Shawnee is a C-IAYT-certified yoga therapist, M.Ed., 500 E-RYT and RCYT (Registered Children’s Yoga Teacher). She is the founder of Asanas for Autism and Special Needs and the founder/director of Yoga Therapy for Youth Teacher Training Program. Shawnee has worked with children and adults with autism and special needs for over 20 years, specializing in working with children and adults with significant cognitive and language delays, sensory processing deficits, as well as severe behavior challenges. She wrote and published a book, Asanas for Autism and Special Needs – Yoga to Help Children with Their Emotions, Self-Regulation and Body Awareness (Singing Dragon, 2014), is the creator of the C.A.L.M.M Yoga Toolkit and is currently working on her new book Yoga Therapy for Children and Teens with Complex Needs, to be published by Singing Dragon in 2021. She has a yoga school through Yoga Alliance in order to train others in yoga approaches to support children and adults with complex needs and travels globally to share her teachings.
Asanas for Autism and Special Needs Yoga to Help Children with their Emotions, Self-Regulation and Body Awareness Shawnee Thornton Hardy
Teaching yoga to children with Autism Spectrum Disorder and other special needs is easy using this visual how-to handbook. Breaking down yoga instruction pose by pose, body part by body part, breath by breath, this book uses easy-to-understand language and clear photographs to show parents, teachers, yoga instructors, and other professionals how to introduce the life-long benefits of yoga to a child with special needs. Read more
These remarks are based on my 17 years as an expert witness in yoga injury cases and yoga safety advocate. This is not legal advice nor counsel because I’m not an attorney, but reflects my understanding from working with attorneys as to what they look for and utilize in either defending or prosecuting a matter. These remarks also reveal my deep biases as a “recovering manual physio” and how yoga differs, at least philosophically, from other practices.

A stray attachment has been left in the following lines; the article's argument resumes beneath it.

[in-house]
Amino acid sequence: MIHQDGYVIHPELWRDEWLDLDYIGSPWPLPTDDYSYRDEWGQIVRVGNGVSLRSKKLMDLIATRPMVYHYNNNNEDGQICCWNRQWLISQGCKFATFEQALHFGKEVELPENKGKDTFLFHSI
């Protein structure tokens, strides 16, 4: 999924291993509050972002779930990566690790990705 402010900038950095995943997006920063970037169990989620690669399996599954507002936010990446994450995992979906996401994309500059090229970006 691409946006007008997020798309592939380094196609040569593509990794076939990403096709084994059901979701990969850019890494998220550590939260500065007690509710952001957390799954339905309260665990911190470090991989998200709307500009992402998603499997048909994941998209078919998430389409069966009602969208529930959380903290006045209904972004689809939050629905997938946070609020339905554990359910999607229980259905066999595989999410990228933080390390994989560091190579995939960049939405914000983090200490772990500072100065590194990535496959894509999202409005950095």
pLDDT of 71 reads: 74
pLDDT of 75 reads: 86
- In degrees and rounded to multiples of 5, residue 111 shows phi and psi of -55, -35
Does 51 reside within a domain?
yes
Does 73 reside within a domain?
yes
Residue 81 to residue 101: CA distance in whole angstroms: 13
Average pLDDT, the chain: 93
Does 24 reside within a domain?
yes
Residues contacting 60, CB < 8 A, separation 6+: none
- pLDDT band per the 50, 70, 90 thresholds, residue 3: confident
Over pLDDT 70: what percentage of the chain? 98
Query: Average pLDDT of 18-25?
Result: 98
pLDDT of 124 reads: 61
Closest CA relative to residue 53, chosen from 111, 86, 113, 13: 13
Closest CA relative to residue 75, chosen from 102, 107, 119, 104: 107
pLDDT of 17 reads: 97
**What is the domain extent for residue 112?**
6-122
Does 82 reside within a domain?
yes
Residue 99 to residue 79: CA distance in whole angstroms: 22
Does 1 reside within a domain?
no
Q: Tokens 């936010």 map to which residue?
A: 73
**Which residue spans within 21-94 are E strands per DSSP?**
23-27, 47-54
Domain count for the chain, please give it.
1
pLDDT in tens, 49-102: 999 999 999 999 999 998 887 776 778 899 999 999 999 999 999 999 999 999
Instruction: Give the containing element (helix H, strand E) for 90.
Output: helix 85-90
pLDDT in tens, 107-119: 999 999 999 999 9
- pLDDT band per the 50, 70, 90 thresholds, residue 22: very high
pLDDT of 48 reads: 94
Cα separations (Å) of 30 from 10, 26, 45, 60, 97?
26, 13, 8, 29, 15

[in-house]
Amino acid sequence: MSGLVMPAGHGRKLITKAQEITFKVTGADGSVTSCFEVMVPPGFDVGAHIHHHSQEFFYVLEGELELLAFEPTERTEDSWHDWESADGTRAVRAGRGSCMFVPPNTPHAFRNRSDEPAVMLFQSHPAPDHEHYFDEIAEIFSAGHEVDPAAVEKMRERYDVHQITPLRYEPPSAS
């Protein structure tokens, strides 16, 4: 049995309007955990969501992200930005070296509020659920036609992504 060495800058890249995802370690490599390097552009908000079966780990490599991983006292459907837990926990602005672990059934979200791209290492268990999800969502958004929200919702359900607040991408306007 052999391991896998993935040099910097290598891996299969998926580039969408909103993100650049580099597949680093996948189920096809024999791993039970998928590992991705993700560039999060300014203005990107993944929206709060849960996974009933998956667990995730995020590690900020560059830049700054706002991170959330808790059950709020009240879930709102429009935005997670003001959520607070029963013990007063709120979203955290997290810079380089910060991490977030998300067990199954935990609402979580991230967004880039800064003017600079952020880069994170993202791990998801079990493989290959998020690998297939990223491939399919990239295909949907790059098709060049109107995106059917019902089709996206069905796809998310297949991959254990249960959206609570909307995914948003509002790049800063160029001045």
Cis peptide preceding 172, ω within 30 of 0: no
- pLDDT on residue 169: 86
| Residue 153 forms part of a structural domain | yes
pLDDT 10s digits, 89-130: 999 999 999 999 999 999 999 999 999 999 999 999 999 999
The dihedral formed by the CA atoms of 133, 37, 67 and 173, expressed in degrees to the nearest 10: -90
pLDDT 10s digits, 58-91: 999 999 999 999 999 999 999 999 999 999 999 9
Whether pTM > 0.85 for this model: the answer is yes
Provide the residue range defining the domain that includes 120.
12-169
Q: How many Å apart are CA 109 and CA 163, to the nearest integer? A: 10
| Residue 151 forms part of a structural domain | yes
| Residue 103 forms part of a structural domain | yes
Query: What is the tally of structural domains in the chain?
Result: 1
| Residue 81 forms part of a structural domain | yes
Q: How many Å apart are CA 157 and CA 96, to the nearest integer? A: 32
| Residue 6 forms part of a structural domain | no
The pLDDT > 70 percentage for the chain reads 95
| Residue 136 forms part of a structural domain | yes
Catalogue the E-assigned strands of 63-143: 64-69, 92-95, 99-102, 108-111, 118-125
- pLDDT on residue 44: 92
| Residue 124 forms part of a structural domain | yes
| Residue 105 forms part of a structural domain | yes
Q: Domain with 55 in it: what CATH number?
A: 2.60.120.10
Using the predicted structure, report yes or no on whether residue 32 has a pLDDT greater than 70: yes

The Hot Topic of Touch and Consent in Yoga
If there ever was a veneer of “purity” around yoga teachers and gurus in yoga’s reemergence in the 20th century, it’s now long gone in the first part of the 21st century… and “good riddance”!
So much so, that touch and consent are now very popular topics in the yoga world. I won’t be covering the sordid details here. You can easily find them online. Rather, I want to spotlight the importance of both students and yoga professionals being clear how important having high standards around touch and consent are to making yoga inclusive.
Let’s briefly look at how they influence yoga inclusivity, some points to consider in developing your own standards/boundaries, and a few take-away action steps to consider. May this fuel many deeper conversations… Continue reading →
Wendy Teasdill has been practising yoga for over forty years and teaching since 1987.
Here, she walks viewers through a safe and simple routine that can be practised during pregnancy.
Please note that while our summit is open to absolutely everyone from all corners of the world, despite our best efforts we won’t be able to ensure safe, comfortable practice for every attendee nor take responsibility for your own practice. If you have any injuries or are dealing with any conditions that you would normally flag to your yoga teacher or therapist, please seek advice before taking part or following along with any of our classes or sequences.
We’re lucky to have had the chance to talk with Lizzie Lasater, yoga teacher trainer in both the digital and physical sense. Lizzie studied art history and architecture at Columbia University and now translates her training into digital courses, global Restorative yoga teacher training workshops, and her awesomely creative jewelry collection.
In Yoga Teaching Handbook, a new release for November, you can read expert advice on teaching yoga and managing a successful yoga business. One of the contributors of the book, Alison Purchase, has put together ten top tips for new yoga teachers, which you can read below.
1: Keep your class plan flexible.
Plan the general structure of a class rather than each pose. That way you can adapt the class based on the students’ needs and you won’t feel stressed if you forget what pose you had planned next.
2:Take an interest in your students.
If you arrive early and stay late, you have the opportunity to chat with your students and find out more about them. Students often have questions or are looking for advice to develop their practice. Continue reading →